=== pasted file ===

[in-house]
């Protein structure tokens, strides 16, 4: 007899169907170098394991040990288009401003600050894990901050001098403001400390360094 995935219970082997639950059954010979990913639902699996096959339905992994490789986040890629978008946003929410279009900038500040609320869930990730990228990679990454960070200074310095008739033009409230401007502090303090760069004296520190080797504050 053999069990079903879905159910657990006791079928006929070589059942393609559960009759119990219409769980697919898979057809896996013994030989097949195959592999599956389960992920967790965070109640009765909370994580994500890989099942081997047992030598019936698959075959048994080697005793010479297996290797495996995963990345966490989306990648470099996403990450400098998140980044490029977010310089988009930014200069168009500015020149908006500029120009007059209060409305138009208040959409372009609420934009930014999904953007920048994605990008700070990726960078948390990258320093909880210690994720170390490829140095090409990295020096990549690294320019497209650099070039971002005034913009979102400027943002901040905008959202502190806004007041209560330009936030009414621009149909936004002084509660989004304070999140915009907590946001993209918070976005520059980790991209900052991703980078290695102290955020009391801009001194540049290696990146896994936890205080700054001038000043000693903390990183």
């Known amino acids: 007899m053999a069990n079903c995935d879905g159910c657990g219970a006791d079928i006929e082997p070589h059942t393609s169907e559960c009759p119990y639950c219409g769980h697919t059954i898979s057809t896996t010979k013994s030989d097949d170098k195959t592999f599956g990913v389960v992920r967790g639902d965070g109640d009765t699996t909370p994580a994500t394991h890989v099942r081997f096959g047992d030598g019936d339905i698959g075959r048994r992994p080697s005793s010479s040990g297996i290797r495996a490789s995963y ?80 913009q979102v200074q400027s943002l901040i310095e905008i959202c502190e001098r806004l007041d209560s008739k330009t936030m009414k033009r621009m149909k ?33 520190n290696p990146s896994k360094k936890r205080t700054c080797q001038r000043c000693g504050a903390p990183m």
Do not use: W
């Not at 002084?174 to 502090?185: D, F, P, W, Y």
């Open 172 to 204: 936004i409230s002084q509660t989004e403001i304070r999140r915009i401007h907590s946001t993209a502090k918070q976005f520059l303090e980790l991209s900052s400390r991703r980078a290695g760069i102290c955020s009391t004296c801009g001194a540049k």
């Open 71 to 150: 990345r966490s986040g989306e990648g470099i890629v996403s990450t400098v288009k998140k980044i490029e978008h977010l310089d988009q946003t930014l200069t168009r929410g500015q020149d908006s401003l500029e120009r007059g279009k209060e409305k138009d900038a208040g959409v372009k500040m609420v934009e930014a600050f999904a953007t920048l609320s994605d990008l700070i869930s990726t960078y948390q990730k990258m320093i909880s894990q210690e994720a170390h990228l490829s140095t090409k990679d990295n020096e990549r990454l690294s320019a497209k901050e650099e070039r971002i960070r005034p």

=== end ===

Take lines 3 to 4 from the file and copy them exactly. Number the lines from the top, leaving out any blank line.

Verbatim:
């Known amino acids: 007899m053999a069990n079903c995935d879905g159910c657990g219970a006791d079928i006929e082997p070589h059942t393609s169907e559960c009759p119990y639950c219409g769980h697919t059954i898979s057809t896996t010979k013994s030989d097949d170098k195959t592999f599956g990913v389960v992920r967790g639902d965070g109640d009765t699996t909370p994580a994500t394991h890989v099942r081997f096959g047992d030598g019936d339905i698959g075959r048994r992994p080697s005793s010479s040990g297996i290797r495996a490789s995963y ?80 913009q979102v200074q400027s943002l901040i310095e905008i959202c502190e001098r806004l007041d209560s008739k330009t936030m009414k033009r621009m149909k ?33 520190n290696p990146s896994k360094k936890r205080t700054c080797q001038r000043c000693g504050a903390p990183m």
Do not use: W